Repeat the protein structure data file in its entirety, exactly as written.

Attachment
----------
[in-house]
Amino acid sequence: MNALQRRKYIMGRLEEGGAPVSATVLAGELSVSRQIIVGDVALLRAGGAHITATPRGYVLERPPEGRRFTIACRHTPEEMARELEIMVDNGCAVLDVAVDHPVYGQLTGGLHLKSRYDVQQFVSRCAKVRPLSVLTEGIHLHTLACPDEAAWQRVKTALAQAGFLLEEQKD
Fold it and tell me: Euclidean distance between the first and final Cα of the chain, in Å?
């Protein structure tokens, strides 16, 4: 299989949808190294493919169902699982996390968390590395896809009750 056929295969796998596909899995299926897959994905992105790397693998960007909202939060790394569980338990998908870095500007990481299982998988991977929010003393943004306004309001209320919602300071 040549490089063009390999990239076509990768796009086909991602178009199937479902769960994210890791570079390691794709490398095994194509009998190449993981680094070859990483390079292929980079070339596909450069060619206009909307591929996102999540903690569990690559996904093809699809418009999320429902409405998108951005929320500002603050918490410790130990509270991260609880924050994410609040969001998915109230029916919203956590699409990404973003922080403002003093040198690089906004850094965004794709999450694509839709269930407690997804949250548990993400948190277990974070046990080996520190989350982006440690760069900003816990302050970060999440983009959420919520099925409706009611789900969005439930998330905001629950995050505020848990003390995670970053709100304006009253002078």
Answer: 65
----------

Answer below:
[in-house]
Amino acid sequence: MNALQRRKYIMGRLEEGGAPVSATVLAGELSVSRQIIVGDVALLRAGGAHITATPRGYVLERPPEGRRFTIACRHTPEEMARELEIMVDNGCAVLDVAVDHPVYGQLTGGLHLKSRYDVQQFVSRCAKVRPLSVLTEGIHLHTLACPDEAAWQRVKTALAQAGFLLEEQKD
Fold it and tell me: Euclidean distance between the first and final Cα of the chain, in Å?
């Protein structure tokens, strides 16, 4: 299989949808190294493919169902699982996390968390590395896809009750 056929295969796998596909899995299926897959994905992105790397693998960007909202939060790394569980338990998908870095500007990481299982998988991977929010003393943004306004309001209320919602300071 040549490089063009390999990239076509990768796009086909991602178009199937479902769960994210890791570079390691794709490398095994194509009998190449993981680094070859990483390079292929980079070339596909450069060619206009909307591929996102999540903690569990690559996904093809699809418009999320429902409405998108951005929320500002603050918490410790130990509270991260609880924050994410609040969001998915109230029916919203956590699409990404973003922080403002003093040198690089906004850094965004794709999450694509839709269930407690997804949250548990993400948190277990974070046990080996520190989350982006440690760069900003816990302050970060999440983009959420919520099925409706009611789900969005439930998330905001629950995050505020848990003390995670970053709100304006009253002078």
Answer: 65